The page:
Monday, July 20, 2009

You and your world: An issue of Class




The article below was shared by member Christine H. (Thank you!) It talks about an interesting subject: Class. Class as in lower, middle, upper and astronomical.

Is there a class structure in your world? We'd like to know about it. And where do you fit in? Are you a lowly peasant striving to rise above your class and make a difference in the world? Or a member of the Nobility, who are trying to squeeze every ounce of taxes out of the peons? Or is there no class structure where you live....perhaps there is something much better....or worse?

So, let us know. Where do you fit in the larger picture?

And here is the very interesting article about class in this world:




Washington DC Metro Station on a cold January morning in 2007. He played six Bach pieces for about 45 minutes. During that time approx 2 thousand people went through the station, most of them on their way to work. After 3 minutes a middle aged man noticed there was a musician playing. He slowed his pace and stopped for a few seconds and then hurried to meet his schedule.

4 minutes later:
the violinist received his first dollar: a woman threw the money in the till and, without stopping, continued to walk.

6 minutes:
A young man leaned against the wall to listen to him, then looked at his watch and started to walk again.

10 minutes:
A 3 year old boy stopped but his mother tugged him along hurriedly, as the kid stopped to look at the violinist. Finally the mother pushed hard and the child continued to walk, turning his head all the time. This action was repeated by several other children. Every parent, without exception, forced them to move on.

45 minutes:
The musician played. Only 6 people stopped and stayed for a while. About 20 gave him money but continued to walk their normal pace.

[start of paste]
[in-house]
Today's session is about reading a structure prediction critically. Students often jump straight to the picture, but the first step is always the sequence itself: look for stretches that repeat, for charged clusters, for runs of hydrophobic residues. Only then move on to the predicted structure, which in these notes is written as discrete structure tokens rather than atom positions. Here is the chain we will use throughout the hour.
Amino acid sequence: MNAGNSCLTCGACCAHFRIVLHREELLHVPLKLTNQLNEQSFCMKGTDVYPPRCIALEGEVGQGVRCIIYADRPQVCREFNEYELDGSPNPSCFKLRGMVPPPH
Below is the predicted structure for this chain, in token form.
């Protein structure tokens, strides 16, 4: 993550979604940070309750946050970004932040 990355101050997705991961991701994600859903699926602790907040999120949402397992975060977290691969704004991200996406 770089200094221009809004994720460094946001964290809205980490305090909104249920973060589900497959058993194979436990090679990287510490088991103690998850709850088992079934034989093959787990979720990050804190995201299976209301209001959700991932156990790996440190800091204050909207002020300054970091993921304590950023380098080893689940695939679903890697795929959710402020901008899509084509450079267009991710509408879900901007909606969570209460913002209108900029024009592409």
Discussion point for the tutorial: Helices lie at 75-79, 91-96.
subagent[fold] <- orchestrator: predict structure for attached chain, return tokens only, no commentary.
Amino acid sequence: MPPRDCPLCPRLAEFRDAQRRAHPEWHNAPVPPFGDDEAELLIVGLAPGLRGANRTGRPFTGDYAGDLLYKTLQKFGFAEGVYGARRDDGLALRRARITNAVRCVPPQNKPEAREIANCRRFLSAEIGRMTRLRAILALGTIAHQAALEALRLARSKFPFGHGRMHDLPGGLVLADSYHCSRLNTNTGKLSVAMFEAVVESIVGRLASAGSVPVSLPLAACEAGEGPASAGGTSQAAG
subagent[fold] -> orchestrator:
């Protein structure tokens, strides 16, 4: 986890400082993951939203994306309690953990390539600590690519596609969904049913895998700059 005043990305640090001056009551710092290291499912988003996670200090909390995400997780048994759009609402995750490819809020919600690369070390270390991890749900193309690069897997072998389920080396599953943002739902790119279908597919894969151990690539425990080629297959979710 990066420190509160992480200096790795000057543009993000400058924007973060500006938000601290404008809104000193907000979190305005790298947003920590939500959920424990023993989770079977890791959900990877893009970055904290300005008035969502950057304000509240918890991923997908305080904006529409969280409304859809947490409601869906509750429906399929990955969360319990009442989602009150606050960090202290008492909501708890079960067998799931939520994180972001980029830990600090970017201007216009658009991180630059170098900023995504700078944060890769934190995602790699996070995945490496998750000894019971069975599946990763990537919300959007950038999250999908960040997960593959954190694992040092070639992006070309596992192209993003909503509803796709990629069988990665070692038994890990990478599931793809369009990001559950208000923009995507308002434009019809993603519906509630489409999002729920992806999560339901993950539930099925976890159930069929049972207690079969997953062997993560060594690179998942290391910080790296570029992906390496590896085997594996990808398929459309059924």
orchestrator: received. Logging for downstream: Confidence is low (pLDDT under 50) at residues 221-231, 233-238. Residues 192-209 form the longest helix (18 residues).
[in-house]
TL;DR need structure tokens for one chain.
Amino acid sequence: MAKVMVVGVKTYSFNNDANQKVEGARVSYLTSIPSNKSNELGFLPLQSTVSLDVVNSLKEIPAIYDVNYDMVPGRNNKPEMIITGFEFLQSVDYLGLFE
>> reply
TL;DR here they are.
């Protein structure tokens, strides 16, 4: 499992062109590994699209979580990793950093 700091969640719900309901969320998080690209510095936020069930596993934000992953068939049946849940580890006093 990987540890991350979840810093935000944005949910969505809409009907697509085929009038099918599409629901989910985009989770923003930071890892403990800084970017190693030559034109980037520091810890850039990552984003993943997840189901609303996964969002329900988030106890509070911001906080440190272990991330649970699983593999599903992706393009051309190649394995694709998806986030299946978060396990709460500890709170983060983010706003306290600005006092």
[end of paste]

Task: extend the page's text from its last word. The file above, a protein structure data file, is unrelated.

He collected $32.

1 hour:
He finished playing and silence took over. No one noticed. No one applauded, nor was there any recognition.

No one knew this but the violinist was Joshua Bell, one of the best musicians in the world. He played one of the most intricate pieces ever written, with a violin worth $3.5 million dollars. Two days before Joshua Bell sold out a theater in Boston where the seats averaged $100.

This is a real story. Joshua Bell playing incognito in the metro station was organized by the Washington Post as part of a social experiment about perception, taste and people's priorities.


26 comments:

Aidan said...

They call me a prince of Sentinel, so I guess that's what I am, though I'm not Lord Prince, which is the top job.

Kaelin said...

Sentinel is very stratified. There's the Council, which Aidan is a permanent member, being Lord Seer. My sister Lucy also serves on Council in conjunction with Aidan.

There are heads of houses, like Patrons. They are the eldest member of the family. After that, social strata is based on experience and age. Age counts for a lot-elders are due respect no matter the situation. I get some respect by being the top gun, and also because I have council lords and ladies in my family. But I also am suspect because I betrayed Sentinel once. I'm back now, but rangers have long memories. Most haven't forgotten the trouble I'm in and likely won't for several hundred years.

If we live that long.

Goran Njiric said...

Living up on the colony with an independent income that isn't dependent on working has allowed me to stay outside of the general hierarchical structure that tends to go on out here. Technically, according to the general rules, I'm a non-person. I rate about as much as a visiting tourist.

Engineers and station security personnel are the highest tier. After that are local division leaders, and after that are people who do normal maintenance on things in the area. It ultimately ends with people who own property of their own, who end above tourists.

I don't know how it works back on Earth at the moment, but I've heard it's just as bad, if not worse, than the Mars situation.